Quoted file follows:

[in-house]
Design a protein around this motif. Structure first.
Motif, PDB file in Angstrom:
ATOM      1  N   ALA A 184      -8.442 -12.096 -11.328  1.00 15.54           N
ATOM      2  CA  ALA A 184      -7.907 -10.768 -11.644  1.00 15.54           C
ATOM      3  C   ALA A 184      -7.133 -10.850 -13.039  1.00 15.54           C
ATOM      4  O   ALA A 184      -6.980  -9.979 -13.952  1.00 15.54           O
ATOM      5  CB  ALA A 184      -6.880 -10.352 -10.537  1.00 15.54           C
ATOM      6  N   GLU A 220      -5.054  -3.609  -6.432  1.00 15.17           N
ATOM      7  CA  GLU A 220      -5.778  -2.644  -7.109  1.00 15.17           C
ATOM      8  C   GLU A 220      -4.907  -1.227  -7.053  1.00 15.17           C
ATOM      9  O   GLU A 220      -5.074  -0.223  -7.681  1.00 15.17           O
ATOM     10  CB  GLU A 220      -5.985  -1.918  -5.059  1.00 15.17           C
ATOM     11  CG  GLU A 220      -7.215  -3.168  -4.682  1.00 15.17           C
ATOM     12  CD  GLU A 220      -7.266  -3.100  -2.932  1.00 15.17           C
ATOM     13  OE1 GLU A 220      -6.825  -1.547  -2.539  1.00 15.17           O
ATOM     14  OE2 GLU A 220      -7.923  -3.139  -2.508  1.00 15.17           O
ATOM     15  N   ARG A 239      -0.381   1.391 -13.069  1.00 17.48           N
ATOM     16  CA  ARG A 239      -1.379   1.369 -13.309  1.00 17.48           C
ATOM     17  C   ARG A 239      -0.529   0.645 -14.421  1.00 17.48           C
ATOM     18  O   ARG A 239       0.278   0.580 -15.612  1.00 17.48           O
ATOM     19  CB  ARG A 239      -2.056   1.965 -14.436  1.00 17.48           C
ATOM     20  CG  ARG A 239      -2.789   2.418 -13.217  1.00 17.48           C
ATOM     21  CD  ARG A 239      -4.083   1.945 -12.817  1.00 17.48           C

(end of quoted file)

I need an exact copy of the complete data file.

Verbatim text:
[in-house]
Design a protein around this motif. Structure first.
Motif, PDB file in Angstrom:
ATOM      1  N   ALA A 184      -8.442 -12.096 -11.328  1.00 15.54           N
ATOM      2  CA  ALA A 184      -7.907 -10.768 -11.644  1.00 15.54           C
ATOM      3  C   ALA A 184      -7.133 -10.850 -13.039  1.00 15.54           C
ATOM      4  O   ALA A 184      -6.980  -9.979 -13.952  1.00 15.54           O
ATOM      5  CB  ALA A 184      -6.880 -10.352 -10.537  1.00 15.54           C
ATOM      6  N   GLU A 220      -5.054  -3.609  -6.432  1.00 15.17           N
ATOM      7  CA  GLU A 220      -5.778  -2.644  -7.109  1.00 15.17           C
ATOM      8  C   GLU A 220      -4.907  -1.227  -7.053  1.00 15.17           C
ATOM      9  O   GLU A 220      -5.074  -0.223  -7.681  1.00 15.17           O
ATOM     10  CB  GLU A 220      -5.985  -1.918  -5.059  1.00 15.17           C
ATOM     11  CG  GLU A 220      -7.215  -3.168  -4.682  1.00 15.17           C
ATOM     12  CD  GLU A 220      -7.266  -3.100  -2.932  1.00 15.17           C
ATOM     13  OE1 GLU A 220      -6.825  -1.547  -2.539  1.00 15.17           O
ATOM     14  OE2 GLU A 220      -7.923  -3.139  -2.508  1.00 15.17           O
ATOM     15  N   ARG A 239      -0.381   1.391 -13.069  1.00 17.48           N
ATOM     16  CA  ARG A 239      -1.379   1.369 -13.309  1.00 17.48           C
ATOM     17  C   ARG A 239      -0.529   0.645 -14.421  1.00 17.48           C
ATOM     18  O   ARG A 239       0.278   0.580 -15.612  1.00 17.48           O
ATOM     19  CB  ARG A 239      -2.056   1.965 -14.436  1.00 17.48           C
ATOM     20  CG  ARG A 239      -2.789   2.418 -13.217  1.00 17.48           C
ATOM     21  CD  ARG A 239      -4.083   1.945 -12.817  1.00 17.48           C